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Home Editorials of Interest Taipei Times In memory of a true Taiwanese, Ruth Lin

In memory of a true Taiwanese, Ruth Lin

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Ruth Lin, a medical missionary who came to Taiwan half a century ago and settled here, passed away on Monday at the age of 95.

Lin was born Ruth Duncan in Lubbock, Texas, in 1921. After graduating with a nursing degree, she went to Qinghai Province in China, where she helped establish a hospital that provided medical services to Tibetan people and trained nurses.

Unexpectedly, she and other nurses working on the Tibetan Plateau — “the roof of the world” — were confined to the hospital for seven months by the Chinese Communists, after which she left China in a dejected mood and came to Taiwan.

Thanks to her faith, she firmly believed that God would set out a path for her to follow.

In 1952, she went to the Happy Mount sanatorium in what is now New Taipei City’s Bali District (八里) to care for leprosy patients. As fate would have it, she met Frank Lin (林澄輝), the son of a wealthy family in Tainan, and, after overcoming numerous difficulties, they became husband and wife.

In those days, most people were terrified of leprosy. One day in what is today Tainan’s Jiali District (佳里), Ruth Lin saw a leprosy sufferer in his 40s who was shut away in a little room with bars on the windows, like an animal, and could never set foot outside.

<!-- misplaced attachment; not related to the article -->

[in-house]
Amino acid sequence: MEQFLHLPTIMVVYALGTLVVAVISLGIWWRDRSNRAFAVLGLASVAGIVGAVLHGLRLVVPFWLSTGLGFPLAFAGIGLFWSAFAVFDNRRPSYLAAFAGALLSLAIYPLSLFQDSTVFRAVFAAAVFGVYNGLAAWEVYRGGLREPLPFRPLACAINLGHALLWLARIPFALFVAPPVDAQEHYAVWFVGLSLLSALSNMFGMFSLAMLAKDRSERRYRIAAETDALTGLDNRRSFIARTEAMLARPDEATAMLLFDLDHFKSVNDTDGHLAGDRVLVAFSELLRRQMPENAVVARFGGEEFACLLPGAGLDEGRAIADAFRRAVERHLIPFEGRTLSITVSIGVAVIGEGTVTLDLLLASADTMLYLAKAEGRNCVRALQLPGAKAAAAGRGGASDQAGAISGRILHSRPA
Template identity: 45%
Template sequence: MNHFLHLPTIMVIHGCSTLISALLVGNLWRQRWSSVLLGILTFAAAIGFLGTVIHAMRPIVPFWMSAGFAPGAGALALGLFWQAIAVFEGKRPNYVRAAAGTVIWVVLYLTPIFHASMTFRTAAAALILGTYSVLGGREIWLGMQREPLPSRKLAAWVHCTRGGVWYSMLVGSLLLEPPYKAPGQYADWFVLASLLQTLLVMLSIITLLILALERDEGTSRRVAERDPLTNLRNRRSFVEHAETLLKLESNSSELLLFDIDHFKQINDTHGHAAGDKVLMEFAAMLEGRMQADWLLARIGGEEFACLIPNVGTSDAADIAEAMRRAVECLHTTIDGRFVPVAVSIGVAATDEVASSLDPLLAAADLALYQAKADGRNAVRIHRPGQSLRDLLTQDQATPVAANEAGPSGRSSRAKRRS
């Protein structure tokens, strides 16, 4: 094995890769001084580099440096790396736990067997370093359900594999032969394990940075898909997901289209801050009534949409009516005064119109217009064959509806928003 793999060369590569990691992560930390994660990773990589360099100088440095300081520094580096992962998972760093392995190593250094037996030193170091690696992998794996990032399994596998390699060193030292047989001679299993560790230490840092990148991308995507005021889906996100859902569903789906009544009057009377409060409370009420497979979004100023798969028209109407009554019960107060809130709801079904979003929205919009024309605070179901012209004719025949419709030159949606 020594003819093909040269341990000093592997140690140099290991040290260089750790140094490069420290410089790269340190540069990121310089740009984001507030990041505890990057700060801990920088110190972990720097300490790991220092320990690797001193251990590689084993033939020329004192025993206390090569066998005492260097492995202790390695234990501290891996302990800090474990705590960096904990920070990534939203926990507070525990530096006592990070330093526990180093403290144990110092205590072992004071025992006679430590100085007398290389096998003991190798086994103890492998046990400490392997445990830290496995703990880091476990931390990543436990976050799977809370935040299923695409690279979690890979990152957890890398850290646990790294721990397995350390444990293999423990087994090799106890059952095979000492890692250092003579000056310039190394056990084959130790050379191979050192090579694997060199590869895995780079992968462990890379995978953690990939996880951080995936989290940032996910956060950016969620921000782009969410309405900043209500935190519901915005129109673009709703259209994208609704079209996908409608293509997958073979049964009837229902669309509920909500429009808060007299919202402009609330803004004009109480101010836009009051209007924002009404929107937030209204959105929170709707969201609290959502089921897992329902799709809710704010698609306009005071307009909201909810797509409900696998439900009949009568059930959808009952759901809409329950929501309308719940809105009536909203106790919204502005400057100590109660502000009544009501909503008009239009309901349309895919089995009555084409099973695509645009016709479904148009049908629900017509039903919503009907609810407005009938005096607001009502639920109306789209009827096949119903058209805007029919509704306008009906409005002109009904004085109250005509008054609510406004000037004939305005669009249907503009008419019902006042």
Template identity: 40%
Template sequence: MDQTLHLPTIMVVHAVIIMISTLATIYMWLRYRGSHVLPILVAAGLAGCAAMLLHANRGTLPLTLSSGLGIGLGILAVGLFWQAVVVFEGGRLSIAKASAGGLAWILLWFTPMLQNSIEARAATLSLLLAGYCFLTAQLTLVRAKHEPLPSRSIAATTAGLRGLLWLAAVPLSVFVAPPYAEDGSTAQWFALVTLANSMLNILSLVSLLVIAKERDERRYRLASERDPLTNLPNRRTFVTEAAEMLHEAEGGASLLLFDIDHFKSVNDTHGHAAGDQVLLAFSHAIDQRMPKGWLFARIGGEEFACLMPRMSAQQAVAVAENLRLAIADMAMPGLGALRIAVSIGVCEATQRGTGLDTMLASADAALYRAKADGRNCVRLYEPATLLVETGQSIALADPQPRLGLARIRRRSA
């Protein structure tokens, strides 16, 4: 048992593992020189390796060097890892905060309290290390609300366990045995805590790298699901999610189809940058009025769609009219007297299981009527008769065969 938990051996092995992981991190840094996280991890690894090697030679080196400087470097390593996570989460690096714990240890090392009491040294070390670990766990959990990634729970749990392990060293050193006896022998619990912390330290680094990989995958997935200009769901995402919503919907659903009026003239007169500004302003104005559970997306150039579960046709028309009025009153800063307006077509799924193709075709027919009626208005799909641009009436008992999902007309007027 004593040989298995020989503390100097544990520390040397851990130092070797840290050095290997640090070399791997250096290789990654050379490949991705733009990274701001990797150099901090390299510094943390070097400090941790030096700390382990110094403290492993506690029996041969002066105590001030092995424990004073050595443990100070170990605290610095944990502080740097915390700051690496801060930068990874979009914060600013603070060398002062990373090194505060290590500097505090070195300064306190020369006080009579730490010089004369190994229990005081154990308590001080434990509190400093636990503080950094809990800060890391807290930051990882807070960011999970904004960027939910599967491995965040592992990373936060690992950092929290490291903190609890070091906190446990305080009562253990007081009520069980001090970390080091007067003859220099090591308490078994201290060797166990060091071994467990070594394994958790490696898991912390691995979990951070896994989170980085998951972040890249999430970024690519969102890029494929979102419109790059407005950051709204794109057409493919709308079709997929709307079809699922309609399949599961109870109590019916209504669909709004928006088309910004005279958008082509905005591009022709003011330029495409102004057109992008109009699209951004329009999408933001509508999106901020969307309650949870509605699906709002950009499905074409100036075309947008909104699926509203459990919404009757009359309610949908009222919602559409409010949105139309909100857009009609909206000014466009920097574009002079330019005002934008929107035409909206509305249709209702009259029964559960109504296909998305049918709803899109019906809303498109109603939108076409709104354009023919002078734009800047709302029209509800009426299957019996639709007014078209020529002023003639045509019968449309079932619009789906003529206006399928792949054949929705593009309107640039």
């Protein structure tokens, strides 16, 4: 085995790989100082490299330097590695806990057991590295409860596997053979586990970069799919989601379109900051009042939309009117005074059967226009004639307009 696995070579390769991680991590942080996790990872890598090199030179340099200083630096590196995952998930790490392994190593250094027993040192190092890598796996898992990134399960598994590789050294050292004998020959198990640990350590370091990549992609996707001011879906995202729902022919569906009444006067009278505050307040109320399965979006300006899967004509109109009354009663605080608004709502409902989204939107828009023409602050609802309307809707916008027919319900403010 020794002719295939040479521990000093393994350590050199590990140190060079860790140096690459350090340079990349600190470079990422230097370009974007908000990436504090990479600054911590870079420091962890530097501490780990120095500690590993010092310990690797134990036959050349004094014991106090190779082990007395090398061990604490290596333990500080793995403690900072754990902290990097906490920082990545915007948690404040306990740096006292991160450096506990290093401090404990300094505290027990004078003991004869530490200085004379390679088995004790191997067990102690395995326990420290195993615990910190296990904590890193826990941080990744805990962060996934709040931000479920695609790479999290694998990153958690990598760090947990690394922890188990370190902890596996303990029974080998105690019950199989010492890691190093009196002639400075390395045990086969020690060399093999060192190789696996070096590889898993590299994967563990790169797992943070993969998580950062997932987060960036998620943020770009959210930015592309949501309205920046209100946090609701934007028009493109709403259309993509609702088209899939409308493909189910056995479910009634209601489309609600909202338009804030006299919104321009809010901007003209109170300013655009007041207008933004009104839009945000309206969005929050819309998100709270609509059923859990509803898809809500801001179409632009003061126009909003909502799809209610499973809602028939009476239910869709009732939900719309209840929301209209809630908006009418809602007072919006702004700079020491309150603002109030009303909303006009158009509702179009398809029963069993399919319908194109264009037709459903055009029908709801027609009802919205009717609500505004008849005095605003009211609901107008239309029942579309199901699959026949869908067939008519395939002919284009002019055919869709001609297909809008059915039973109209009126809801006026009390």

In 1956, the Lins established a special dermatological clinic in Tainan that was devoted to treating leprosy patients. For more than a decade, Ruth Lin took in and treated more than 1,000 leprosy patients in Tainan, while patiently spreading healthcare education in the hope of removing the stigma attached to the disease.

The Lins met each other, fell in love and lived together as husband and wife for half a century. Having no children, they depended on each other in their old age. In 2005, they selflessly donated their home and NT$60 million (US$1.8 million at current exchange rates) in savings to turn the building into a care center, and in 2011 they again donated land valued at more than NT$200 million, and NT$130 million in property, to build a center to provide elderly people with high-quality care.

Someone once asked Ruth Lin where she was from, to which she, with her high-profile nose, fair hair and blue eyes, replied in fluent Hoklo (also known as Taiwanese) that she was Taiwanese through and through.

The Lins were industrious and frugal all throughout their lives, using their medical expertise to help people and care for the most needy patients, and they gave all their wealth to the nation.

In 2007, then-president Chen Shui-bian (陳水扁) presented the Lins with the Order of Brilliant Star with Violet Grand Cordon in recognition of their outstanding contributions to the development of the nation and Ruth Lin was given an award for her contributions to medicine.

There is only thing that can really heal physical and mental illnesses and pain, and that is selfless love. Taiwan, luckily, has never been lacking in loving people. Now Ruth Lin has left this world and gone to her home in heaven. Having traveled from the US to China and then to Taiwan, she devoted the golden years of her life to Taiwan and married a Taiwanese.

She was indeed a true Taiwanese — and perhaps she loved Taiwan even more than some Taiwanese do. She devoted her life to caring for the old, the weak, the sick and disabled people.

Taiwanese are proud of Ruth Lin and grateful for her life-long contributions to the nation.

Chang Chao-hsuan is a family physician.

Translated by Julian Clegg

Source: Taipei Times - Editorials 2015/10/05

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